You have to learn to ignore all the financial hype.
I was trying to find out some information and I am made out to be a market timer who trades on every piece of news. After a few more posts, I will become a stock picker. :D
I was just asking the question - wasn't presuming :) I also now believe I completely misread what you said (and what I quoted). I actually read your statement as you were "moving asset allocation into short term bonds and cds" after "reading about bond bubble" - but now I see you may have been stating simply that you were reading about others that were "moving asset allocation into short term bonds and cds". I misread the sentence - thus my reaction - apologies.

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Re: Bonds and Interest rates increase

Post by dm200 » Wed Aug 09, 2017 1:46 pm

BogleAlltheWay wrote:Hi all,
Why do bonds funds go down when interest rates rise? Why isn't the expected interest rate already priced into the fund?
For example, Amazon has growth priced into its stock.
"Expectations" are not directly priced into a mutual fund. The price (NAV) of a mutual fund is the composite prices of its holdings.

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Re: Bonds and Interest rates increase

Post by Iczimek » Wed Aug 09, 2017 2:23 pm

mega317 wrote:
BogleAlltheWay wrote:Hi all,

Why do bonds funds go down when interest rates rise? Why isn't the expected interest rate already priced into the fund?
For example, Amazon has growth priced into its stock.
If you're just asking why, the idea is that when rates increase, people will not pay as much to buy bonds at lower rates.
To simplify, if interest rate is 2%, you get 2$ from 100$ bond. But if rates are higher, like 3%, everyone would like to have 3$ from this bond. But it pays fixed 2%, co how can we get it? We have to buy it cheaper!
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Re: Bonds and Interest rates increase

Post by BogleAlltheWay » Wed Aug 09, 2017 3:04 pm

dm200 wrote:
BogleAlltheWay wrote:Hi all,
Why do bonds funds go down when interest rates rise? Why isn't the expected interest rate already priced into the fund?
For example, Amazon has growth priced into its stock.
"Expectations" are not directly priced into a mutual fund. The price (NAV) of a mutual fund is the composite prices of its holdings.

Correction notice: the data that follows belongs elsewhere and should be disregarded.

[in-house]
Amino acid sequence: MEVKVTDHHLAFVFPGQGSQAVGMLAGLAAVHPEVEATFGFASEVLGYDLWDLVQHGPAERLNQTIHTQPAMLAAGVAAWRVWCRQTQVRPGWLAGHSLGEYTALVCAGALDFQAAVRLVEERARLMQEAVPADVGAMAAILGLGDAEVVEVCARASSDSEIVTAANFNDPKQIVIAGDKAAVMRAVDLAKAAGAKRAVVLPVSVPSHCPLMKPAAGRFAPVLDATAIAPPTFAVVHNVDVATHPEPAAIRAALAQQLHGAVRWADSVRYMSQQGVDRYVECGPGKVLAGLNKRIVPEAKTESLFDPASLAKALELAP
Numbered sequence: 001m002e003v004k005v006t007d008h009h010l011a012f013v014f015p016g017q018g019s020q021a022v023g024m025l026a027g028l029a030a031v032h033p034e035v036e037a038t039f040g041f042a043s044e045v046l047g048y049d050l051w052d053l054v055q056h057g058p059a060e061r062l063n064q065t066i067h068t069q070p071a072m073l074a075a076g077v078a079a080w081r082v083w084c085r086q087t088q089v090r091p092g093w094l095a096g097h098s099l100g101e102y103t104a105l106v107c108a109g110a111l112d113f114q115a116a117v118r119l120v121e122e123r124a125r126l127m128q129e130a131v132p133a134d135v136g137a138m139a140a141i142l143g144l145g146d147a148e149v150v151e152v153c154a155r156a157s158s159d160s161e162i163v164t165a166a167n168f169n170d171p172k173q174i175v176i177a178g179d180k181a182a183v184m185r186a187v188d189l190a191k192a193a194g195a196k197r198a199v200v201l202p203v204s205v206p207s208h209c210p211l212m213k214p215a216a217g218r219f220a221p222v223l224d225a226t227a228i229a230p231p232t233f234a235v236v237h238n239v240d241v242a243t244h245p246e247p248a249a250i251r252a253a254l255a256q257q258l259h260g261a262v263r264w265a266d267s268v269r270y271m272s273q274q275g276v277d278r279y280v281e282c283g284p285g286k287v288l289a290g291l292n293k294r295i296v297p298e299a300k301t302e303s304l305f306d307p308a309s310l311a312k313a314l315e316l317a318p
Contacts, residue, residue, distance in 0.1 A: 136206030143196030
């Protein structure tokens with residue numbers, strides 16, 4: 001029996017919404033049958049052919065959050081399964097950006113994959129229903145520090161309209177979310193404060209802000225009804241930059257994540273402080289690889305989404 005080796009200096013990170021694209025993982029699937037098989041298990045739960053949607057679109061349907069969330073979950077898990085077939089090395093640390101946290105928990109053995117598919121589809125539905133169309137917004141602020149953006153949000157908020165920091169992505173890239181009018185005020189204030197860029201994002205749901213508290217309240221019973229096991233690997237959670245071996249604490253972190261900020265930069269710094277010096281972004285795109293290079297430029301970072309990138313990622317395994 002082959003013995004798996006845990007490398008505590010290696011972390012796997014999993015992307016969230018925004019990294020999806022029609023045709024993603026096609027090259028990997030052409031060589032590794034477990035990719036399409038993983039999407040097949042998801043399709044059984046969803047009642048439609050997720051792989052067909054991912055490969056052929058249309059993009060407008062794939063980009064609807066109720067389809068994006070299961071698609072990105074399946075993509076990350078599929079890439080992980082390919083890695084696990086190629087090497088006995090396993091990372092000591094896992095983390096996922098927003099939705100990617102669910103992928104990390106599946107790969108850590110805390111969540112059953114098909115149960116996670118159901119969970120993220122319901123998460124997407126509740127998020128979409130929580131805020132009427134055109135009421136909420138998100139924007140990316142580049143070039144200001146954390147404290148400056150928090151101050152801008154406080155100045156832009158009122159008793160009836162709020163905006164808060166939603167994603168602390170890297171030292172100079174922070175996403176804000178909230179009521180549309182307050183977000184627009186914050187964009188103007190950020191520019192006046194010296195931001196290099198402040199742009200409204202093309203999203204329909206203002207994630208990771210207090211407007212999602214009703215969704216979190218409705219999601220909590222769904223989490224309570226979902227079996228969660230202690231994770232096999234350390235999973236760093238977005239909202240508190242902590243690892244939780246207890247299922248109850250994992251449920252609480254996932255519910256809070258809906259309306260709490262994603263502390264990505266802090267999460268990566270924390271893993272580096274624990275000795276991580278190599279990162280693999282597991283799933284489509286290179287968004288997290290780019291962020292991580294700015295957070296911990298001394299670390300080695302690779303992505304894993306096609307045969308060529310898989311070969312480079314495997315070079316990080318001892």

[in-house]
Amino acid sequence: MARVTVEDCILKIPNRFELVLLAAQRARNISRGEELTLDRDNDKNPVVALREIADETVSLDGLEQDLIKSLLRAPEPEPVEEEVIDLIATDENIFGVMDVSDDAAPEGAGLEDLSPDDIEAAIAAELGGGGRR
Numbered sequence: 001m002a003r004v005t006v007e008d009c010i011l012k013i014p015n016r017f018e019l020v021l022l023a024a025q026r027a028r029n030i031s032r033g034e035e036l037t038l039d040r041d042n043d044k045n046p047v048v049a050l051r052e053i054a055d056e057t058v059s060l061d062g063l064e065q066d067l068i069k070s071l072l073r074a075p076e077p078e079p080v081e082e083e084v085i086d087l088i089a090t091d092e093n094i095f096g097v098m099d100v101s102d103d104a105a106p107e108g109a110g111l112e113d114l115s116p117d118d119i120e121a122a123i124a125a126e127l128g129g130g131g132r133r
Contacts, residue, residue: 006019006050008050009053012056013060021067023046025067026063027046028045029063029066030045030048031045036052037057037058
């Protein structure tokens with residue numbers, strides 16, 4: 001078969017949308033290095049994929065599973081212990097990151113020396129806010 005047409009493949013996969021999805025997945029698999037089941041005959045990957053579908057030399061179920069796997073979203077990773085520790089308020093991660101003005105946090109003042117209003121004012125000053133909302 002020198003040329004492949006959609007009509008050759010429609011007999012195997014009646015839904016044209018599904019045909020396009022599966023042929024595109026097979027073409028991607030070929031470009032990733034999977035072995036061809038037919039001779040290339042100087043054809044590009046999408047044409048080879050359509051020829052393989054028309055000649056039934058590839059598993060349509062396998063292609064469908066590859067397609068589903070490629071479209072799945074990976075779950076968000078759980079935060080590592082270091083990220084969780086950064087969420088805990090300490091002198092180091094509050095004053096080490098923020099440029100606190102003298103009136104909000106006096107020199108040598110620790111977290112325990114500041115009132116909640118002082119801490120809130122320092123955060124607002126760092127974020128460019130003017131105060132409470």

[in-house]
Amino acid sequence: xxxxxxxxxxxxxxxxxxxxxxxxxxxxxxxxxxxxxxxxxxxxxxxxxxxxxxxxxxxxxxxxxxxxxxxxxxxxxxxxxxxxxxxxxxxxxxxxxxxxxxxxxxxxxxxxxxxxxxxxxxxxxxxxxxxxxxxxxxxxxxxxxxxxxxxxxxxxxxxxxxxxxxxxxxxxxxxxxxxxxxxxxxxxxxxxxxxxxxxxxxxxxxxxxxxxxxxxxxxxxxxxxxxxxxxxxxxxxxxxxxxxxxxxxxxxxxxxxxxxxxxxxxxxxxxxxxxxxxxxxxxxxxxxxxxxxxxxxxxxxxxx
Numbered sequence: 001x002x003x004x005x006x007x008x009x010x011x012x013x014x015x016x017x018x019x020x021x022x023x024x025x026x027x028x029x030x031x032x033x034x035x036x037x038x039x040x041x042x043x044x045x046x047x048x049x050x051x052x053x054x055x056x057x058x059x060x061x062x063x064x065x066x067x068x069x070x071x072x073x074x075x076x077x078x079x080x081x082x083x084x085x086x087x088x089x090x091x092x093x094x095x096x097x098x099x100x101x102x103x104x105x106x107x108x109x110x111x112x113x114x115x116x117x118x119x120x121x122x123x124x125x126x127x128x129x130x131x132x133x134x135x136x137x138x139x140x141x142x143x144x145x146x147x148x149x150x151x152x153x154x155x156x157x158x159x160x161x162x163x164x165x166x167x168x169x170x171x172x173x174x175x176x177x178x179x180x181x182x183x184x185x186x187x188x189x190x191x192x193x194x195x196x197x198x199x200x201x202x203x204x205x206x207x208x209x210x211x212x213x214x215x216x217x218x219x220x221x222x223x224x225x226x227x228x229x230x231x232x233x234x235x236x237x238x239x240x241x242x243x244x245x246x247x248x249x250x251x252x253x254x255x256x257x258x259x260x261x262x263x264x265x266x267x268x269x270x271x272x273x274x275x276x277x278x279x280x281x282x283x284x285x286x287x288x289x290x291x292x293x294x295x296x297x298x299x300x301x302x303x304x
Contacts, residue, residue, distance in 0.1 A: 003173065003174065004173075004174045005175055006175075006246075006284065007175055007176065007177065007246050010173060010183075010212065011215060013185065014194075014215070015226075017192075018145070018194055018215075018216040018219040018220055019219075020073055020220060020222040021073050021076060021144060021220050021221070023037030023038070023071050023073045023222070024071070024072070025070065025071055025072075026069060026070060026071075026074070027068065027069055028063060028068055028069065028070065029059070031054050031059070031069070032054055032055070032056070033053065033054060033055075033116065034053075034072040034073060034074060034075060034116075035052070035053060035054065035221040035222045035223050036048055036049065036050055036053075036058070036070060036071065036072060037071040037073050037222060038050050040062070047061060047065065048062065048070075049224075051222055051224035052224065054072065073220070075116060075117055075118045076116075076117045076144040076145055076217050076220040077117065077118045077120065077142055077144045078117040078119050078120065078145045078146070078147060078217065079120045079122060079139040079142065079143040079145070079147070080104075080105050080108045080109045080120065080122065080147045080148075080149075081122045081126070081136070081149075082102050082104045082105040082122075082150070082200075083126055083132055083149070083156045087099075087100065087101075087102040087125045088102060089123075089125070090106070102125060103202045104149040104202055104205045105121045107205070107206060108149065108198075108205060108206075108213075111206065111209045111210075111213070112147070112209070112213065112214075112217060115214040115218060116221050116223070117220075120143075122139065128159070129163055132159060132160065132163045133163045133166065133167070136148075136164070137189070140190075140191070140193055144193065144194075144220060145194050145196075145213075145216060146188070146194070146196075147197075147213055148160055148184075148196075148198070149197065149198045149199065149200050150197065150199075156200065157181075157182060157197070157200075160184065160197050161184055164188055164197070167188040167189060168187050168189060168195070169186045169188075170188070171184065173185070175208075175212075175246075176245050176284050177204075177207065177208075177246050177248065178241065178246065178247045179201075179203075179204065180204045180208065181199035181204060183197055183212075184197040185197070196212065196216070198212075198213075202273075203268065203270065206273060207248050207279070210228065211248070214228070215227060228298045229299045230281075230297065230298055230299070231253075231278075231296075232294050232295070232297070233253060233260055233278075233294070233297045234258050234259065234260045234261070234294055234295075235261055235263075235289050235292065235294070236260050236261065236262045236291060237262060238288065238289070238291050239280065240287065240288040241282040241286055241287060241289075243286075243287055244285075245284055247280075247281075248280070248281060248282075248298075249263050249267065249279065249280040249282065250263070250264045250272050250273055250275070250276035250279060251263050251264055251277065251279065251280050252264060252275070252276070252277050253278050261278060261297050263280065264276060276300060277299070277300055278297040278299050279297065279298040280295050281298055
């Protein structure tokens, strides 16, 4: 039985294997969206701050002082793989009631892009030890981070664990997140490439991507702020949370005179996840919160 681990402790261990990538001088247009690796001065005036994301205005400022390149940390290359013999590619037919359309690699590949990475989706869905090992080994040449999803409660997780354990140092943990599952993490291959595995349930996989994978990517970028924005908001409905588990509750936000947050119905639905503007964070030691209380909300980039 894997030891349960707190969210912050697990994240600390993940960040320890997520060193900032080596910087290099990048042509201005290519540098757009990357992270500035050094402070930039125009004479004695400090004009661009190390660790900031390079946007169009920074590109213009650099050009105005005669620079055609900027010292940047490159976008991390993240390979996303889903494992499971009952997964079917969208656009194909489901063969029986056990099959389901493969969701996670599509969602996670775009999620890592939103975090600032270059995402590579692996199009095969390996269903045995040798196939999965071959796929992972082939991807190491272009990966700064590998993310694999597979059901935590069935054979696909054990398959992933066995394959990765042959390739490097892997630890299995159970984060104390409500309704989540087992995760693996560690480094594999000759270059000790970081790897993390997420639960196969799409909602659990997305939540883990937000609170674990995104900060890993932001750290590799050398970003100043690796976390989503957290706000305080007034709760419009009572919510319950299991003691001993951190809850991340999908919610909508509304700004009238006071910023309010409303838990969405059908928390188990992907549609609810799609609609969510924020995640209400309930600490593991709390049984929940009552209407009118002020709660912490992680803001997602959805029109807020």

For mutual funds the "expectations" are priced into the stocks, but are those same "expectations" priced anywhere into a bond fund?

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Re: Bonds and Interest rates increase

Post by livesoft » Wed Aug 09, 2017 3:21 pm

BogleAlltheWay wrote:..., but are those same "expectations" priced anywhere into a bond fund?
So the charts I posted were not convincing enough?
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Re: Bonds and Interest rates increase

Post by CantPassAgain » Wed Aug 09, 2017 3:27 pm

BogleAlltheWay wrote:
dm200 wrote:
BogleAlltheWay wrote:Hi all,
Why do bonds funds go down when interest rates rise? Why isn't the expected interest rate already priced into the fund?
For example, Amazon has growth priced into its stock.
"Expectations" are not directly priced into a mutual fund. The price (NAV) of a mutual fund is the composite prices of its holdings.
For mutual funds the "expectations" are priced into the stocks, but are those same "expectations" priced anywhere into a bond fund?
Read the replies to your own thread. The answer is "yes."

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Re: Bonds and Interest rates increase

Post by user76586 » Wed Aug 09, 2017 3:28 pm

Expectations are priced in, but expectations are not certainties. What gets priced in early are the 50 to 90% odds that the rates will change. On a Fed announcement, or other move, the odds become 100% and prices move the rest of the way.

BogleAlltheWay
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Re: Bonds and Interest rates increase

Post by BogleAlltheWay » Wed Aug 09, 2017 3:55 pm

livesoft wrote:
BogleAlltheWay wrote:..., but are those same "expectations" priced anywhere into a bond fund?
So the charts I posted were not convincing enough?
I am not disagreeing. Are the expectations priced into the individual bonds or the the price people are willing to pay for the fund?

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Re: Bonds and Interest rates increase

Post by dm200 » Thu Aug 10, 2017 8:18 am

BogleAlltheWay wrote:
dm200 wrote:
BogleAlltheWay wrote:Hi all,
Why do bonds funds go down when interest rates rise? Why isn't the expected interest rate already priced into the fund?
For example, Amazon has growth priced into its stock.
"Expectations" are not directly priced into a mutual fund. The price (NAV) of a mutual fund is the composite prices of its holdings.
For mutual funds the "expectations" are priced into the stocks, but are those same "expectations" priced anywhere into a bond fund?
Yes, I believe "expectations" are priced into bond prices.

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Re: Bonds and Interest rates increase

Post by dm200 » Thu Aug 10, 2017 8:20 am

BogleAlltheWay wrote:
livesoft wrote:
BogleAlltheWay wrote:..., but are those same "expectations" priced anywhere into a bond fund?
So the charts I posted were not convincing enough?
I am not disagreeing. Are the expectations priced into the individual bonds or the the price people are willing to pay for the fund?
Perhaps others could comment, but I do not believe purchases or sales of bond mutual funds are a significant influence on bond prices, but rather direct purchase or sales are.

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Re: Bonds and Interest rates increase

Post by Wakefield1 » Thu Aug 10, 2017 11:52 am

"Open end" Fund-price should mostly/only reflect the market value of the underlying assets?